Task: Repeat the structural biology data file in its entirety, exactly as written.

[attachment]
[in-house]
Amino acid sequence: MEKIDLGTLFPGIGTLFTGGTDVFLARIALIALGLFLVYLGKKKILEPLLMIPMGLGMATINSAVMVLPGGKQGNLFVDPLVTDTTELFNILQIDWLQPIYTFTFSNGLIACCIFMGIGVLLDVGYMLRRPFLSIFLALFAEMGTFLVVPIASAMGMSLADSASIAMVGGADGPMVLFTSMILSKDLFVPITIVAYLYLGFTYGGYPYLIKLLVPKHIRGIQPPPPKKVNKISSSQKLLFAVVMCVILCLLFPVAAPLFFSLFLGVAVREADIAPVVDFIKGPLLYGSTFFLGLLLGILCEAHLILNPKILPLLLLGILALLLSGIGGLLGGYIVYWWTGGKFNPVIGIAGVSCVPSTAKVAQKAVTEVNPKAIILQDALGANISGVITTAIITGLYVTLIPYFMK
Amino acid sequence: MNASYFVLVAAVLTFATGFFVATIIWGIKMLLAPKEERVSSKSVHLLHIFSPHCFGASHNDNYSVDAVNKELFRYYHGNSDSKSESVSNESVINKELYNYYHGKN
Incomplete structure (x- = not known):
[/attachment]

[in-house]
Amino acid sequence: MEKIDLGTLFPGIGTLFTGGTDVFLARIALIALGLFLVYLGKKKILEPLLMIPMGLGMATINSAVMVLPGGKQGNLFVDPLVTDTTELFNILQIDWLQPIYTFTFSNGLIACCIFMGIGVLLDVGYMLRRPFLSIFLALFAEMGTFLVVPIASAMGMSLADSASIAMVGGADGPMVLFTSMILSKDLFVPITIVAYLYLGFTYGGYPYLIKLLVPKHIRGIQPPPPKKVNKISSSQKLLFAVVMCVILCLLFPVAAPLFFSLFLGVAVREADIAPVVDFIKGPLLYGSTFFLGLLLGILCEAHLILNPKILPLLLLGILALLLSGIGGLLGGYIVYWWTGGKFNPVIGIAGVSCVPSTAKVAQKAVTEVNPKAIILQDALGANISGVITTAIITGLYVTLIPYFMK
Amino acid sequence: MNASYFVLVAAVLTFATGFFVATIIWGIKMLLAPKEERVSSKSVHLLHIFSPHCFGASHNDNYSVDAVNKELFRYYHGNSDSKSESVSNESVINKELYNYYHGKN
Incomplete structure (x- = not known):